After a goalless first leg, the second was all decided by one goal – sorry, one ‘goal’. Just three minutes in, Luis García chipped the ball towards an empty Chelsea net and had William Gallas scrambling to clear it. The Frenchman did attempt to clear it, but only after the ball was deemed to have crossed the line.
With no VAR at the time, the referee had to use his instinct and awarded Liverpool the goal – a decision which Chelsea fans still complain about to this day.
Liverpool beat Chelsea in the 2004/05 Champions League semi-final, and Liverpool beat Chelsea in the 2006/07 Champions League semi-final, but the Blues finally got their revenge at the same stage in 2007/08.
The first leg ended 1-1 and this return fixture brought the same scoreline after 90 minutes, sending the game to extra time, and that’s where all the fun was had.
Frank Lampard scored an early penalty, stepping up to the plate just six days after the death of his mother, before Drogba fired home a third.
Ryan Babel made the score 3-2 with just four minutes to go, but Chelsea held on to book their place in the final.
Usually, a 4-4 draw doesn’t need much hyping up, but the fact that this was yet another Champions League knockout game only adds to the excitement.
Liverpool were 2-0 up at half-time thanks to goals from Fábio Aurélio (that quick free-kick) and Xabi Alonso, but the score was level 12 minutes after the break, with Alex stealing the free-kick headlines.
Lampard poked Chelsea ahead midway through the half, but the Reds were back in front six minutes later after goals from Lucas Leiva and Dirk Kuyt.
It was Lampard who netted the game’s last goal, bringing the scoreline to 4-4 and steering Chelsea through to the semi-final on aggregate.
Was this 2-2 draw the finest game you’ll ever see? Not even close. However, Luis Suárez made sure this was one to remember.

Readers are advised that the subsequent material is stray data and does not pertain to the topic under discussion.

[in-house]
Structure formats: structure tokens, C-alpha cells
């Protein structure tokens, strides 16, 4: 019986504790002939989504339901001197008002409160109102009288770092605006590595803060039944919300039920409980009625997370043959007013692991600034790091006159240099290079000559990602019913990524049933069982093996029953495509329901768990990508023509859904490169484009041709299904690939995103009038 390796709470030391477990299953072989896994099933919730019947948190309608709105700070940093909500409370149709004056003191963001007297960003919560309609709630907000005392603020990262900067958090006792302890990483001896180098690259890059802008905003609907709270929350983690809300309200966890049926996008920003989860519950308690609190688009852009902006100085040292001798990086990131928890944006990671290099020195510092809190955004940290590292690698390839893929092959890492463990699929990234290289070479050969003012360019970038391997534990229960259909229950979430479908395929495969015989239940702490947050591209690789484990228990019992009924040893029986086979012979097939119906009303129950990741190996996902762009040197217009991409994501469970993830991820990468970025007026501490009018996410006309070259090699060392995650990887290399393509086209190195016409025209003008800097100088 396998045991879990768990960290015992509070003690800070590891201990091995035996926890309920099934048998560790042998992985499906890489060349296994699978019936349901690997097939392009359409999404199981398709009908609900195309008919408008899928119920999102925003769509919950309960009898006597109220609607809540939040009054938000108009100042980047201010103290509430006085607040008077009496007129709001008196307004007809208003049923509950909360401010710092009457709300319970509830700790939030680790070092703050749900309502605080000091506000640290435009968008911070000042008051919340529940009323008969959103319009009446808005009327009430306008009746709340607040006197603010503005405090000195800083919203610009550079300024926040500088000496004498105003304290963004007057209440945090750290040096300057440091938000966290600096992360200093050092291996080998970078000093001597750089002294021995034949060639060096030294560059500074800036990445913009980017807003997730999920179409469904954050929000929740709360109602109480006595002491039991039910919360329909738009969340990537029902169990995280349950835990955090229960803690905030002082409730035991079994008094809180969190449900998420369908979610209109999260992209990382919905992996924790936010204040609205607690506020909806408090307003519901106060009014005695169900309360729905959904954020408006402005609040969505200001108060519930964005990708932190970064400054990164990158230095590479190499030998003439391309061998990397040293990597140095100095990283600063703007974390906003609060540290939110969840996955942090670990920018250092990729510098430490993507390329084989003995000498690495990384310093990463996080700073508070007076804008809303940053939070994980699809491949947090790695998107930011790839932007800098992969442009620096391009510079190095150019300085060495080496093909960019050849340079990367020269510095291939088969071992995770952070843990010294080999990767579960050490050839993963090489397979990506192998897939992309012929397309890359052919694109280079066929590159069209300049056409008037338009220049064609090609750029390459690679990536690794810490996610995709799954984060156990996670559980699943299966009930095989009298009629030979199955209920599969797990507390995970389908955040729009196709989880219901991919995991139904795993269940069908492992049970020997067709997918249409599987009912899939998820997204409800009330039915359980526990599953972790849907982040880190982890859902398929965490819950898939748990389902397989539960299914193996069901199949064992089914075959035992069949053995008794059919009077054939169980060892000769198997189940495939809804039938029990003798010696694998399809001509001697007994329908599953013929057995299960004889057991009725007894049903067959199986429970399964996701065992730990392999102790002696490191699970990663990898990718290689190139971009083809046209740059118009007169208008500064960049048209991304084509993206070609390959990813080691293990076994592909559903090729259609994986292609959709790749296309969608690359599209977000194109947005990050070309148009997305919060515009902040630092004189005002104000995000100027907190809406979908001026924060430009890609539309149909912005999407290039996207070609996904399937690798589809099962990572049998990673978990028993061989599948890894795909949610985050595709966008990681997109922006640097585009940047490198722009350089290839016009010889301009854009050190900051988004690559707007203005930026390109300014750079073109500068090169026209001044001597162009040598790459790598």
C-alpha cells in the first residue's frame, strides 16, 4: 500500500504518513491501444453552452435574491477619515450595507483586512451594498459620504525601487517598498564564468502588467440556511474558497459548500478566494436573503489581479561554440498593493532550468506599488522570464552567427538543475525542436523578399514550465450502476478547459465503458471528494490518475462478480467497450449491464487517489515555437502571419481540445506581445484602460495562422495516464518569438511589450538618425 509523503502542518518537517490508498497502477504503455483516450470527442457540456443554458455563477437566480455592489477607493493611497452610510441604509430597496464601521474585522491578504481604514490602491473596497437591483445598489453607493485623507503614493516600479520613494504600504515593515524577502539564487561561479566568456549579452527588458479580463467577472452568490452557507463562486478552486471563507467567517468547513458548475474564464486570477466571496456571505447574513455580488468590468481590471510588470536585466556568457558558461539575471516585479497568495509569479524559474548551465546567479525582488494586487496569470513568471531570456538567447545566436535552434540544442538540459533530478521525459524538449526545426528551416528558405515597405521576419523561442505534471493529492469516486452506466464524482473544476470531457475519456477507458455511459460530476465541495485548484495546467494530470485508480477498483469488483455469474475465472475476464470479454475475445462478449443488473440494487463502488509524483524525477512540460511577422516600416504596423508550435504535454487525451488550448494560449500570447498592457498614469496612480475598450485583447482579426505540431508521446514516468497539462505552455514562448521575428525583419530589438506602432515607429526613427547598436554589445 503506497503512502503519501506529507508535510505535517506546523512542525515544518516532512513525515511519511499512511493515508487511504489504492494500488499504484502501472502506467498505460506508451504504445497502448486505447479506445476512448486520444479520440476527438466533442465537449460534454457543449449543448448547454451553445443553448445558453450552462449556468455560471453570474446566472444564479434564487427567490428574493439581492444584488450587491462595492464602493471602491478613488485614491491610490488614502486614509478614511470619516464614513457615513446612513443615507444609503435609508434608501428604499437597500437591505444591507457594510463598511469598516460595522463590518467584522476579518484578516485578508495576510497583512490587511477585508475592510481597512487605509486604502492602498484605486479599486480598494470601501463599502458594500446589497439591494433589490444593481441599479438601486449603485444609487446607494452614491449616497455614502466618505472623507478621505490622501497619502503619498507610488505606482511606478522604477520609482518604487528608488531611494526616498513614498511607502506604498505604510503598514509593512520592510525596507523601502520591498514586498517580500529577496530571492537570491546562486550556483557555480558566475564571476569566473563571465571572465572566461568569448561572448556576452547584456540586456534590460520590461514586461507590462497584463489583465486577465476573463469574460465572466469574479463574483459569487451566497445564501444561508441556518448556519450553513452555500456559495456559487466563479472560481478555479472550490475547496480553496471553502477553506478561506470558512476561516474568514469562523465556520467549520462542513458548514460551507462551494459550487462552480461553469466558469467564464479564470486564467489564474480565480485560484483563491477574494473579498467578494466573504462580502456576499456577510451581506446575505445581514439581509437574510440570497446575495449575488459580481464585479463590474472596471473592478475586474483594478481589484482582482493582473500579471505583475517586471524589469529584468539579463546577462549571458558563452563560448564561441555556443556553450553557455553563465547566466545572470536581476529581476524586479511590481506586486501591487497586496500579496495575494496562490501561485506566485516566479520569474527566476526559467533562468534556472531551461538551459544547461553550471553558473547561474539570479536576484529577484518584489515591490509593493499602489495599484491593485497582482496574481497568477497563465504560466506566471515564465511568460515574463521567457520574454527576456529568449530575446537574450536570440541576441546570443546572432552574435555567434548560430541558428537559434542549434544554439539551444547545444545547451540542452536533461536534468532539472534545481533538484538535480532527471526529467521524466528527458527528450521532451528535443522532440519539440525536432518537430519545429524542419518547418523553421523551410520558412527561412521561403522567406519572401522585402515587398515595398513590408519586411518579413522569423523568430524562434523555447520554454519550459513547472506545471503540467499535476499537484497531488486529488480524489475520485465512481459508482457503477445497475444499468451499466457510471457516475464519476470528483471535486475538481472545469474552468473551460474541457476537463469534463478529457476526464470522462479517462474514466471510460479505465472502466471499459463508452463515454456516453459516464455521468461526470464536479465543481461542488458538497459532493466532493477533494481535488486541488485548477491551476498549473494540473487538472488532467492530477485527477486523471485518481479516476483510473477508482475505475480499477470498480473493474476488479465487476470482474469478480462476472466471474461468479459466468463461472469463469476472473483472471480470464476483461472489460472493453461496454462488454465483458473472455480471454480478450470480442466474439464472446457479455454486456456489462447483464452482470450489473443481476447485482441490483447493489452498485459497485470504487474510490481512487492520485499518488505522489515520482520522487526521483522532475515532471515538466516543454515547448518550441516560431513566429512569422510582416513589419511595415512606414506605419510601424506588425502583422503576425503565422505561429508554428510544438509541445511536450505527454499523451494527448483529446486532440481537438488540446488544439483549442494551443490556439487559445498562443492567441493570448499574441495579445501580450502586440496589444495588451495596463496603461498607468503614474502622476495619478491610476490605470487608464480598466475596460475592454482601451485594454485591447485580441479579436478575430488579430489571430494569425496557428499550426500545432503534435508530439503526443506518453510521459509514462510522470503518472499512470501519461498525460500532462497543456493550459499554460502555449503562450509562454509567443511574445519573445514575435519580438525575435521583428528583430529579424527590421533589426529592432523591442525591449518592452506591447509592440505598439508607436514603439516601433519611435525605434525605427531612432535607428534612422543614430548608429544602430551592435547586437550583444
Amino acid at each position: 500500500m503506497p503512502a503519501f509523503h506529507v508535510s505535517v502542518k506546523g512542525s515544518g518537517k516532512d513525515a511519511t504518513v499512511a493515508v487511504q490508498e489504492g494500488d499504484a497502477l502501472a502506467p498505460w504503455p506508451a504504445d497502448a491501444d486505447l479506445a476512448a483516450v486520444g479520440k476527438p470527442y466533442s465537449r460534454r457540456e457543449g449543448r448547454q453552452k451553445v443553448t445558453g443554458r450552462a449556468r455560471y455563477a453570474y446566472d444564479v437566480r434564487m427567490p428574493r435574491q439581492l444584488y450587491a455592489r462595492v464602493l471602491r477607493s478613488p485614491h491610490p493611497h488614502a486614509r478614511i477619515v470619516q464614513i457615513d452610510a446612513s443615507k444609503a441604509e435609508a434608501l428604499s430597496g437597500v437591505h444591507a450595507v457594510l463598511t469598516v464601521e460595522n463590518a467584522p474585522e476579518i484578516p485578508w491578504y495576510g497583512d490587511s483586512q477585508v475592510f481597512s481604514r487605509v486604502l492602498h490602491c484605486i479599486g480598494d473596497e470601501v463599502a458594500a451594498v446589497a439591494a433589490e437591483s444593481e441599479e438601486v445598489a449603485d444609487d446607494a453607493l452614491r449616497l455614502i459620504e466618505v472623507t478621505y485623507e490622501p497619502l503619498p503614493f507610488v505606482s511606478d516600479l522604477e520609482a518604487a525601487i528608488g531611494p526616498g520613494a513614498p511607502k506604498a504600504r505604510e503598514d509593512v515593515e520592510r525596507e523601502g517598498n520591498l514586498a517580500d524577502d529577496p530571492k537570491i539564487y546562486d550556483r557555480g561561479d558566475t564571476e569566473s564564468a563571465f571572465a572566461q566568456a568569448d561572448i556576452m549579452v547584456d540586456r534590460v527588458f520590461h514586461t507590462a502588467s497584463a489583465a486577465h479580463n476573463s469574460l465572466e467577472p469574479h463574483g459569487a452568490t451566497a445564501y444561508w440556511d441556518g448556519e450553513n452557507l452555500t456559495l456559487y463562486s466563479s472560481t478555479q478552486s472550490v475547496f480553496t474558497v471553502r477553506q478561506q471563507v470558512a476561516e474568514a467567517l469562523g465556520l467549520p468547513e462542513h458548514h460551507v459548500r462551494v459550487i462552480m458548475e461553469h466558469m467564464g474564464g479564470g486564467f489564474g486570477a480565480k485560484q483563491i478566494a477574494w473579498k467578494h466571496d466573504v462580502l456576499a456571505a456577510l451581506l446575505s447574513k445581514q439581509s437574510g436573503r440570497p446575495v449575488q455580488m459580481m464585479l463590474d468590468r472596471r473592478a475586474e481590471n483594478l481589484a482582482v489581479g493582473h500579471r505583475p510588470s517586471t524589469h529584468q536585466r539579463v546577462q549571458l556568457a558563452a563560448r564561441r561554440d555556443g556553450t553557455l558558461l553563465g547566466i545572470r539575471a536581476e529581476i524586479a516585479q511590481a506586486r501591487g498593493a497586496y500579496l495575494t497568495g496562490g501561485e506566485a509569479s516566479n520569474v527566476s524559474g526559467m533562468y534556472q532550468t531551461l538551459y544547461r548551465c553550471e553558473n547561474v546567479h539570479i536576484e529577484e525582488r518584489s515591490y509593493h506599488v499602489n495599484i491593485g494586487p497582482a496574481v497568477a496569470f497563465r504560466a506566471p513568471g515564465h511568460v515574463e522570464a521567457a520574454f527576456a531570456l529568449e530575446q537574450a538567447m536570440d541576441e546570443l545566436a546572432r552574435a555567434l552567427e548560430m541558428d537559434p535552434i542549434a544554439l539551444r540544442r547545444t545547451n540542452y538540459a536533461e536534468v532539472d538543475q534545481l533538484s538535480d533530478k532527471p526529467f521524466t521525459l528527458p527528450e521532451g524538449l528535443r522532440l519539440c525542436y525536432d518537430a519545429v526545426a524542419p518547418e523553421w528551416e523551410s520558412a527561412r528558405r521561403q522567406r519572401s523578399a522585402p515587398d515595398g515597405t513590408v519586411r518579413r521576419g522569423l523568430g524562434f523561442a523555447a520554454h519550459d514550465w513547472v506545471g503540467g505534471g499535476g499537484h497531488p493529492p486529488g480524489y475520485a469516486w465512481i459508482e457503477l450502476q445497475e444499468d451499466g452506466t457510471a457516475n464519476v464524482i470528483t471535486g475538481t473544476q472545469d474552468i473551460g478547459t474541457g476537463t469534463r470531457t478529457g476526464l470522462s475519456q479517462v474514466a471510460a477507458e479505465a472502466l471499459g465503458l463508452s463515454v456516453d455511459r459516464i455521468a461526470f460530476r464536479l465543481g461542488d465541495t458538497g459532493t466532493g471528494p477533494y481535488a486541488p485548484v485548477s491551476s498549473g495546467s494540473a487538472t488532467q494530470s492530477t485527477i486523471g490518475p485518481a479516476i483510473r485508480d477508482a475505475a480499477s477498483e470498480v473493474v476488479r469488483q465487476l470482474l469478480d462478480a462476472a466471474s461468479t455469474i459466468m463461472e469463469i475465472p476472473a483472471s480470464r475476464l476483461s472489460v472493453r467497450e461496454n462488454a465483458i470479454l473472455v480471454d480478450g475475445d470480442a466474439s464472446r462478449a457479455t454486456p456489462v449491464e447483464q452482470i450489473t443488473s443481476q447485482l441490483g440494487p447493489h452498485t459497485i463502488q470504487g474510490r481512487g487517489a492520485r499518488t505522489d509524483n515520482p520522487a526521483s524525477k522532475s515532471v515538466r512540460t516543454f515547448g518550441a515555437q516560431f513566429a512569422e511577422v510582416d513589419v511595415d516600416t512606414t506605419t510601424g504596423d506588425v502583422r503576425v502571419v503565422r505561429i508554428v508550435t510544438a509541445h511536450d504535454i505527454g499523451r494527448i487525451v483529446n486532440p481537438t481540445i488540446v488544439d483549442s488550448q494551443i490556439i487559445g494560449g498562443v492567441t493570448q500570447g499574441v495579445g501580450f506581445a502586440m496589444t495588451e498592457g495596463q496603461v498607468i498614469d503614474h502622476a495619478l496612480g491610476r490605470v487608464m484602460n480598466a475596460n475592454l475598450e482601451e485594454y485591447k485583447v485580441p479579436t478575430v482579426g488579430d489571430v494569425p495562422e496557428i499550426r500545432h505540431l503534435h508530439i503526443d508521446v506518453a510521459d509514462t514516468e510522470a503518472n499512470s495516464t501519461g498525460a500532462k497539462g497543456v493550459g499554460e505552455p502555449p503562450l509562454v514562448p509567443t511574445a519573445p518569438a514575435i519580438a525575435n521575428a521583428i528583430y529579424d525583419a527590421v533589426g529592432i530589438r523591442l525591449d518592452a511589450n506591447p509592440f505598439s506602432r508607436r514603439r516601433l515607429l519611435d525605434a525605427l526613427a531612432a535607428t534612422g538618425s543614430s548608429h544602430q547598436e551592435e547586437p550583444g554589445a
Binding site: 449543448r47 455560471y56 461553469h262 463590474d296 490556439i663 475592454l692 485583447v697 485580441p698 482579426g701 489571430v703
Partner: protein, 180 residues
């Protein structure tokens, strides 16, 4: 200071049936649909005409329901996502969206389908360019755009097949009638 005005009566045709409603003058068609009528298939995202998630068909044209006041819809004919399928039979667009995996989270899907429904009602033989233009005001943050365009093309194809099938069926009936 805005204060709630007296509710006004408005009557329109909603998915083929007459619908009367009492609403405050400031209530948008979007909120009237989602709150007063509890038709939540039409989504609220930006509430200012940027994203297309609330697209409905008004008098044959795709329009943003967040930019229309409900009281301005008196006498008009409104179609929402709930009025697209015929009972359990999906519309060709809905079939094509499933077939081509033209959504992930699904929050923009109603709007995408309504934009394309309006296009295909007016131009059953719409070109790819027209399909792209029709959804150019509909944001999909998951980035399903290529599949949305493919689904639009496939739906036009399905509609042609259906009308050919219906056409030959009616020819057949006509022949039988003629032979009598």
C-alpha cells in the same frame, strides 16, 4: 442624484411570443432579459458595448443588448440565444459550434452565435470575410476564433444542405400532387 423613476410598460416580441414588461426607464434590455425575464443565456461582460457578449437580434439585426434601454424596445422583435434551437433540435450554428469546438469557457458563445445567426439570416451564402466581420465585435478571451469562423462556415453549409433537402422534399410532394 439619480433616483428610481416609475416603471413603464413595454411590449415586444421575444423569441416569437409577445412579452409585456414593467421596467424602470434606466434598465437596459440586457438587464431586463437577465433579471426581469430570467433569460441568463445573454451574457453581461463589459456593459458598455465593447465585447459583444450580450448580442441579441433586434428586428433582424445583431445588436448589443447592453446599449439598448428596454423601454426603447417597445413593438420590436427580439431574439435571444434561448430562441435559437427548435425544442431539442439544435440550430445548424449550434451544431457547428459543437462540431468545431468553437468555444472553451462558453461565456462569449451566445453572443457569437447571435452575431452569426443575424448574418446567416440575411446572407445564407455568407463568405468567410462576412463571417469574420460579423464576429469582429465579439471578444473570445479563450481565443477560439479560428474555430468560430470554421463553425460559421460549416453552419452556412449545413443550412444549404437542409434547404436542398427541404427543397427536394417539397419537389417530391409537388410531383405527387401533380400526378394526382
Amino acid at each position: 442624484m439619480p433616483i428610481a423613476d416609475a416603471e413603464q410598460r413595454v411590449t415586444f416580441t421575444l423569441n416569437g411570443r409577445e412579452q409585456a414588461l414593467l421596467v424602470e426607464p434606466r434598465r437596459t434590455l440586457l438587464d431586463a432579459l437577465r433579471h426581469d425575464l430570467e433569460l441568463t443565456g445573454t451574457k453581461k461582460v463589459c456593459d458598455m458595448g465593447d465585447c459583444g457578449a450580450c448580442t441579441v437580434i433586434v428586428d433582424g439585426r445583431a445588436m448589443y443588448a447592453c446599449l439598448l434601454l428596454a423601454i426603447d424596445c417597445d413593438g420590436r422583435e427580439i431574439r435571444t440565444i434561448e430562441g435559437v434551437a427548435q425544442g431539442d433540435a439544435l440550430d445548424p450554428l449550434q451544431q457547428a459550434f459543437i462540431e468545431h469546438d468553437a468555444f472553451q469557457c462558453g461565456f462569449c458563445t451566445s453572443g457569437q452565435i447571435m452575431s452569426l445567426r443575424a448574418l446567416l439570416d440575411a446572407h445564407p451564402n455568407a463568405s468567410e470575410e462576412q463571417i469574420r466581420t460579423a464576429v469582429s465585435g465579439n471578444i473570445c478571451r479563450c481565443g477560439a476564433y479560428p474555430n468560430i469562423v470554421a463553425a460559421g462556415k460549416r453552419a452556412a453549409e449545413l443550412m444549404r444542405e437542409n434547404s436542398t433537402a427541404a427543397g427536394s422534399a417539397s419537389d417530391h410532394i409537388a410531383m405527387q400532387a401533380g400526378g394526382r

The Uruguayan infamously bit Blues defender Branislav Ivanović in an incident which was not spotted by the officials, and he went on to cause even more controversy by netting a 97th-minute equaliser.
He was later hit with a ten-game ban, before handing in an ultimately unsuccessful transfer request a few weeks later.
That 2-2 draw was defined by one incident, and this 2-0 win for Chelsea was exactly the same.
A tumble from Gerrard, who had urged his team-mates not to let their lead at the top of the table ‘slip’ just weeks earlier, gifted Demba Ba with an opening goal, and Willian’s late strike left the Reds’ title hopes in tatters.
Cast your mind back just a few months ago. Liverpool were already deserved Premier League champions and were playing like that early in this one, roaring to a 3-0 lead at half-time.
After the break, it was chaos.
3-1. 4-1. 4-2. 4-3. 5-3.
Liverpool were at their free-flowing best in attack and had clearly taken their foot off the gas pedal in defence, and it made for one of the most entertaining games of the season, finished off by Liverpool lifting the trophy.